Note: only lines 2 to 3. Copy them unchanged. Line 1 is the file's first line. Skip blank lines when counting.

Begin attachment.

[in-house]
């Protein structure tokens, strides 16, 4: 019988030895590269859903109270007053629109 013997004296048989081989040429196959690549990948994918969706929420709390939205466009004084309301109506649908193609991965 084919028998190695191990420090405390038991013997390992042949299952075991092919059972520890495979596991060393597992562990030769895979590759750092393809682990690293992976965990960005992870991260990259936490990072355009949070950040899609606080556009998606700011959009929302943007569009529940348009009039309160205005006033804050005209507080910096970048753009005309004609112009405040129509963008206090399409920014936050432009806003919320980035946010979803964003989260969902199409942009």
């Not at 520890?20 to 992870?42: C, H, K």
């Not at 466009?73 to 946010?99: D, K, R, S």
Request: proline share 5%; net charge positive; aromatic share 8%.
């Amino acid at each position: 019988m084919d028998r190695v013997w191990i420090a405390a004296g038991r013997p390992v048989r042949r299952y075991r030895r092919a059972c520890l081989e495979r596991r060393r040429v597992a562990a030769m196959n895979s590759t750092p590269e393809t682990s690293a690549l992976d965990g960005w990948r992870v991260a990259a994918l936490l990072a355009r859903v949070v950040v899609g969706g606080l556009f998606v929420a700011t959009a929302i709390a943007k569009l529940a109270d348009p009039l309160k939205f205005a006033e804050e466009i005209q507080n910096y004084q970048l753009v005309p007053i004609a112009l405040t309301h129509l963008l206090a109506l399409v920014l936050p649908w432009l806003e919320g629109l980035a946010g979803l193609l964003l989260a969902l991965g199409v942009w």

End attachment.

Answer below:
């Protein structure tokens, strides 16, 4: 019988030895590269859903109270007053629109 013997004296048989081989040429196959690549990948994918969706929420709390939205466009004084309301109506649908193609991965 084919028998190695191990420090405390038991013997390992042949299952075991092919059972520890495979596991060393597992562990030769895979590759750092393809682990690293992976965990960005992870991260990259936490990072355009949070950040899609606080556009998606700011959009929302943007569009529940348009009039309160205005006033804050005209507080910096970048753009005309004609112009405040129509963008206090399409920014936050432009806003919320980035946010979803964003989260969902199409942009």
């Not at 520890?20 to 992870?42: C, H, K």